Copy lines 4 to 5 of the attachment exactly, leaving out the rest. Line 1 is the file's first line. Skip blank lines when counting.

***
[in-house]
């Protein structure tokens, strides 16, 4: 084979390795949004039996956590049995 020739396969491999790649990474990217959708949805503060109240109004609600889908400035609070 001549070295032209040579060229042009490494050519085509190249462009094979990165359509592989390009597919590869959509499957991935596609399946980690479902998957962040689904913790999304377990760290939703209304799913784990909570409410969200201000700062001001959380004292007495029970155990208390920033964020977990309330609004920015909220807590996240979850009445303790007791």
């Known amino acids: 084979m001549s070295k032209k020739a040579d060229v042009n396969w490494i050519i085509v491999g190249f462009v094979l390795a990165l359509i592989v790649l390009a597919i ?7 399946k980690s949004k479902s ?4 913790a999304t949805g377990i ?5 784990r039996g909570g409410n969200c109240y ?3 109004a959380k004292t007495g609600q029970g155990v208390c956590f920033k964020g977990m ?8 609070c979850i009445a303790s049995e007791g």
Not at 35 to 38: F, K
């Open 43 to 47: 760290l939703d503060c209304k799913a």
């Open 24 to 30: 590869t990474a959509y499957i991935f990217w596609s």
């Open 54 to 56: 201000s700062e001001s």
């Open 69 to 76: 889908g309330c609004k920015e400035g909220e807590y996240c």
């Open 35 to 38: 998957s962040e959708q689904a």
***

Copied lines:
Not at 35 to 38: F, K
């Open 43 to 47: 760290l939703d503060c209304k799913a």